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Looking Back (Mrs. Farris - Jr. High Science and Reading)

It was just a normal Friday afternoon towards the end of school. My class was abnormally jittery and talkative; actually, we were normally like that, but this day was special. We were exactly two weeks away from graduating eighth grade. To say that spirits were high would be an understatement. And when you add in that it was the end of the week, we were pretty much a lost cause. Our favorite teacher, Mrs. Farris, was lucky enough to have us for seventh period. She was trying to settle us down, and not having much luck at it, but she wasn’t angry, she was having as much fun as we were.

“Okay guys, we’re going to have somewhat of a quiet time so you can write in your journals.” We all burst out laughing at that. “Make your entries mean something,” she said, “if all else fails, write what’s on your mind.” I was having trouble coming up with something to write, but then an idea struck me. I took a deep breath and the words started flowing out of me onto the paper…


Hey Mrs. Farris! I really hope you have good time to read this, because it will definitely be different from what I usually write. I just wanted to thank you for these past three years as our teacher. You really have taught us how to be ourselves and show our individuality yet still work as a team. You were always there to help us learn from our mistakes, whether it a science equation, or something bigger.

And when you were teaching, you had our whole attention. There was nothing cooler than what you taught that day. Dead frogs were no longer gross; they were a fun excuse to use sharp pointy things. When you brought out the dirty pond water, even the girliest of girls wanted to look at it under a microscope. And even reading was interesting. Edgar Allan Poe actually made sense. Classic plays written by dead people were no longer boring. And everyone had at least one favorite quote by Mark Twain that we would always remember.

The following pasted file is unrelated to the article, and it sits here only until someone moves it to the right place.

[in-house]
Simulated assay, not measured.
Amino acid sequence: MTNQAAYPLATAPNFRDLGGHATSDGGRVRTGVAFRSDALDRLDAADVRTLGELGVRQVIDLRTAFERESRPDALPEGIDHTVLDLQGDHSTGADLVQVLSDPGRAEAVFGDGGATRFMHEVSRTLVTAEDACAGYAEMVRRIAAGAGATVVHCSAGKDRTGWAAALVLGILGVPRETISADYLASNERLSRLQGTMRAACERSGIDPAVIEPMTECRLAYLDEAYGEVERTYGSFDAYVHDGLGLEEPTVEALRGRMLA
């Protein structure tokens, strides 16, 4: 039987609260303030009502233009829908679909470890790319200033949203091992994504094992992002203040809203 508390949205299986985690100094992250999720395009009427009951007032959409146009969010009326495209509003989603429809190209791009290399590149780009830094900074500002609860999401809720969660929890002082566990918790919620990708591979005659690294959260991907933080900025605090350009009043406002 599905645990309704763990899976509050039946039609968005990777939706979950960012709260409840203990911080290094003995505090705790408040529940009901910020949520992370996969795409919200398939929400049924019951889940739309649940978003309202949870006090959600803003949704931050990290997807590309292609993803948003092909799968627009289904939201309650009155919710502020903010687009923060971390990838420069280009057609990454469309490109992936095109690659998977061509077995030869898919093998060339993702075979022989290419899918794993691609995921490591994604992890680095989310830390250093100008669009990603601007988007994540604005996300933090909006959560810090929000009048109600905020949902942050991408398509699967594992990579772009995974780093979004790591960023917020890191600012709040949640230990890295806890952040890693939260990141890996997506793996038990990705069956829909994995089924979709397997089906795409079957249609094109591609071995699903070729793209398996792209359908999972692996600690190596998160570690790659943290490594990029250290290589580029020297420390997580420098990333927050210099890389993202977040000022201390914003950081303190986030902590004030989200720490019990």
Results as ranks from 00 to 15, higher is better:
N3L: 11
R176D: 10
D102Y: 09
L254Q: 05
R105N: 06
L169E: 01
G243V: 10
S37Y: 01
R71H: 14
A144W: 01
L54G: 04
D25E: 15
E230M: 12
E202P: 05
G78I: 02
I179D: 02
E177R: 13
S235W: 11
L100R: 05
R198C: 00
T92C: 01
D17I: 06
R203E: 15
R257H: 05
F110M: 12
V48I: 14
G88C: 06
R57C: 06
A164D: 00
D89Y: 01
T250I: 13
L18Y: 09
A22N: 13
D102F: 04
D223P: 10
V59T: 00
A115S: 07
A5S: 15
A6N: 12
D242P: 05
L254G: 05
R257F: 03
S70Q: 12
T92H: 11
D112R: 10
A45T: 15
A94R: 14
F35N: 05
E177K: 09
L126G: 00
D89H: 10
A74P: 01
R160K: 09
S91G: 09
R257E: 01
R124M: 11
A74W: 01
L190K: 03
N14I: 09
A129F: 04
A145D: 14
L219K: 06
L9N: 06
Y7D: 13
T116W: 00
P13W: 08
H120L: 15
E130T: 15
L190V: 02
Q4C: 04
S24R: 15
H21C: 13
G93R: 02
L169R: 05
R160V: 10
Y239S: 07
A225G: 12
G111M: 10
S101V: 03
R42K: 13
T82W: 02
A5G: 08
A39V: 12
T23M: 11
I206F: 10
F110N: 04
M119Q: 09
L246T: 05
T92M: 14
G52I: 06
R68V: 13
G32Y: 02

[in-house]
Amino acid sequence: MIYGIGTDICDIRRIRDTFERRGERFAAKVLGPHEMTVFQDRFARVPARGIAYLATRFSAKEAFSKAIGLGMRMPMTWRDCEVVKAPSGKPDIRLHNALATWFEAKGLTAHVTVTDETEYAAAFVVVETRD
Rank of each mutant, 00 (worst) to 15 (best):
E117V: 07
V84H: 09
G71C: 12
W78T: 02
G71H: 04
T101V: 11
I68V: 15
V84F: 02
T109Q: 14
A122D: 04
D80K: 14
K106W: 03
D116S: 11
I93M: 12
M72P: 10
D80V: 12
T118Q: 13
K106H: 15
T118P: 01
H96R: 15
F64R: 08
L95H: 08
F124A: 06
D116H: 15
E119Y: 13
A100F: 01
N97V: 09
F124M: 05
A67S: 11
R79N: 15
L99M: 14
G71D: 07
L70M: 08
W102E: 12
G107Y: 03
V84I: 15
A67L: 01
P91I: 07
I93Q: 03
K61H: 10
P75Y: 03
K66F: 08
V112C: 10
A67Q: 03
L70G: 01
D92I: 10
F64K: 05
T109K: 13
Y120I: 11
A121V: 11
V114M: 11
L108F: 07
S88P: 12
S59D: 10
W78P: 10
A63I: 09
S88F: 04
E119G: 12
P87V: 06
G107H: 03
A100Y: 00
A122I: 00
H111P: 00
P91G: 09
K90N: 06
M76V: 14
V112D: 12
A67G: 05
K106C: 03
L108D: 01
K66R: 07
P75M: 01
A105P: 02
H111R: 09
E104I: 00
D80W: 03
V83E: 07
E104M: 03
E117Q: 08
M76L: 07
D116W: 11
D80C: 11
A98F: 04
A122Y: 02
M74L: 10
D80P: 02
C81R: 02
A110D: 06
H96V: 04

Science and Reading became our favorite classes of the day. You were one of the only teachers who asked us for our opinion on what we wanted to learn, then went with it. Even when we were annoying little sixth graders, you saw us for the class we would become, and you never gave up on us. We came to you for help on math problems, friend advice, and for simply a good laugh. You became a good friend, someone we could rely on. You were very influential in our decisions, but you never forced your opinion. You saw us grow in both mind and body, cheered us on when we could finally reach the top of the ceiling by jumping, and were just as shocked as we were when we finally said something intelligent for the first time. And I just want you to know that we'll all miss you in high school. Even if we are just down the hall. So we really hope your classroom door will be open for us when we want to talk.


So for the last time: xoxo, Brooke Lynn



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